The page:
Mindfulness: The Definition (Part 1 of 6)


“Living in the moment.”
“Living with whatever comes your way, without trying to change it.”
“Accepting everything.”
“Being happy / content / joyful all the time.”

These are some of the phrases that I’ve heard people mention when they talk about mindfulness.

While all of them have something to do with mindfulness, none of them are quite accurate. And that’s a problem.

These misconceptions are a big part of the reason why mindfulness gets such a bad rap in the press at times.

They’re also why people feel like they’re failing at it.

The thing is, you can’t fail at mindfulness. You can forget to be mindful, but that moment when you realize you’ve forgotten is actually a magic moment, a moment when you have an opportunity to be really different, as the noted meditation teacher and author Sharon Salzberg would say.

Think about the last time you were sitting in the dark and you suddenly realized you forgot to turn on the light. Did you stay in the dark, berating yourself for failing to turn on the light? Of course not. You probably just got up, flipped the switch, and got back to whatever it was you were doing, but you were able to do it a lot more easily and effectively with the light on.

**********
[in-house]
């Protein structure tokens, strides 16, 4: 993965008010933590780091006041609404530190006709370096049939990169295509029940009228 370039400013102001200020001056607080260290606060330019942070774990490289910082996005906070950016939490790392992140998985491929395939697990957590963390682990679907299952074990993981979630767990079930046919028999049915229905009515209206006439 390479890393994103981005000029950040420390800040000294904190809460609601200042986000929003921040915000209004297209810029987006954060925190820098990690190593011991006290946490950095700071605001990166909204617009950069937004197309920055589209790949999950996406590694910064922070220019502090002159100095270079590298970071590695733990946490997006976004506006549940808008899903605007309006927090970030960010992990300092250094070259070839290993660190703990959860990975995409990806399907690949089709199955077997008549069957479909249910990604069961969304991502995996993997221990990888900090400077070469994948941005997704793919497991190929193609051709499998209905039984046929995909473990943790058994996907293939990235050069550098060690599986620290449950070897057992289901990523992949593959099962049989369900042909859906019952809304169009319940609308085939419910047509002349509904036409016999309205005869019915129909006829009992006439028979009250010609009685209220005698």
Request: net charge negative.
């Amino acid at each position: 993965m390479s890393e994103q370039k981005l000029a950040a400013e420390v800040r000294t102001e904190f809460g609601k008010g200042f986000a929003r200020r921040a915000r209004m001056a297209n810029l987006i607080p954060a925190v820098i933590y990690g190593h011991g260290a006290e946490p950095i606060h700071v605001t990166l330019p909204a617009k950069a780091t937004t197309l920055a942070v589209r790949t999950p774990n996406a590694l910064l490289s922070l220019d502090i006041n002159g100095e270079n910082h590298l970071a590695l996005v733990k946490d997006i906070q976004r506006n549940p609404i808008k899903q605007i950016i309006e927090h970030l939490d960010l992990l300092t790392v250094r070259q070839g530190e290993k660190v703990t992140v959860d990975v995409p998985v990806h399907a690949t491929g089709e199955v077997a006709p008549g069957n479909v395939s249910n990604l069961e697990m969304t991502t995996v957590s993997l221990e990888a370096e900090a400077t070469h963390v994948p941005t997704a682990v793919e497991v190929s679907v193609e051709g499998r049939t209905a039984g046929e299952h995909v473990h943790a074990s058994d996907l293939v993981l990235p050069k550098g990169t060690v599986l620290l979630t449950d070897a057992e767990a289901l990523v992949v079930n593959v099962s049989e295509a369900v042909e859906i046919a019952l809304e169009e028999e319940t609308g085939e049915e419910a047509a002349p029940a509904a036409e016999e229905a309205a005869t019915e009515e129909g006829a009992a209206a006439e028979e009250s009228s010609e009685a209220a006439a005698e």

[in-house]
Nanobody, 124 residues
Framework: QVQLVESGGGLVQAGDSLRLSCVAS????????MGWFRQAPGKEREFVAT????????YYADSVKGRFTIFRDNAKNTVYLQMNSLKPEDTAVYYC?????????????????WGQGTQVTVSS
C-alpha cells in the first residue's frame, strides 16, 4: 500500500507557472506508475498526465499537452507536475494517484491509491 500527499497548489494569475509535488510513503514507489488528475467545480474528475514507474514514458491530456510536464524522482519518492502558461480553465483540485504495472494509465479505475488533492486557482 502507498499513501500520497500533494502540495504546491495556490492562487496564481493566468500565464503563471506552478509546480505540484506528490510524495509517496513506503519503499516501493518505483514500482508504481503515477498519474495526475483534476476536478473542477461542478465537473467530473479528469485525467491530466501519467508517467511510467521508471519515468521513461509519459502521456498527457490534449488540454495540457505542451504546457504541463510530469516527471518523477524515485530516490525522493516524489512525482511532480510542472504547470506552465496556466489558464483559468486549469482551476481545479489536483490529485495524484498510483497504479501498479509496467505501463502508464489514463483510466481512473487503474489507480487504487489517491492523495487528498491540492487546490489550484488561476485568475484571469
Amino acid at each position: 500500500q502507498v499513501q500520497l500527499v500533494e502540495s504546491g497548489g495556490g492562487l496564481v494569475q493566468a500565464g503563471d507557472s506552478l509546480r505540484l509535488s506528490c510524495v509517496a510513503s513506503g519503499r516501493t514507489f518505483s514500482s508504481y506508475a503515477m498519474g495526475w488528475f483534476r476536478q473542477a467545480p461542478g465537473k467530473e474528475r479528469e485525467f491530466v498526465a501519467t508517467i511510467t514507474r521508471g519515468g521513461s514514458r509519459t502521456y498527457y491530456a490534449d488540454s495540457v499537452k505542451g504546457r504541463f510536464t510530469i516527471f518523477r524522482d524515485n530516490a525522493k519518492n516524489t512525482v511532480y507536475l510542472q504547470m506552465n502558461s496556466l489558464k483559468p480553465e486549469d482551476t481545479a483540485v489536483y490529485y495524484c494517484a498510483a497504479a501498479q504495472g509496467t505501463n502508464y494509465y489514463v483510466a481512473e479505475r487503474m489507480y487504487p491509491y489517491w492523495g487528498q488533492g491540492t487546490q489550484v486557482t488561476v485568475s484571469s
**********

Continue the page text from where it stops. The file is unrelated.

That’s how it can be with mindfulness. But before we can remember to be mindful, we have to have a clear understanding of just what it is, and what it isn’t.

I’ve written about this before, but now I’m going to start a new series of posts in which I will take a deeper look at each aspect of this definition of mindfulness:

“Mindfulness is about setting an intention to pay attention in the present moment, with kindness and curiosity, so we can then choose our next action or behavior.”

(I’ve adapted this definition from Jon Kabat-Zinn, the pioneering mindfulness teacher and author of Full Catastrophe Living: Using the Wisdom of Your Body and Mind to Face Stress, Pain, and Illness, and Dr. Amy Saltzman, author of A Still Quiet Place: A Mindfulness Program for Teaching Children and Adolescents to Ease Stress and Difficult Emotions.)

In the next few posts, we’ll explore the ideas of intention, paying attention, present moment, kindness and curiosity, and choosing our next behaviors and how they can help us be more effective, empathic parents. From there, we’ll dive into some practices that can help you integrate mindfulness into your daily life.

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Shared by: Carla Naumburg, Ph.D, Contributing Blogger

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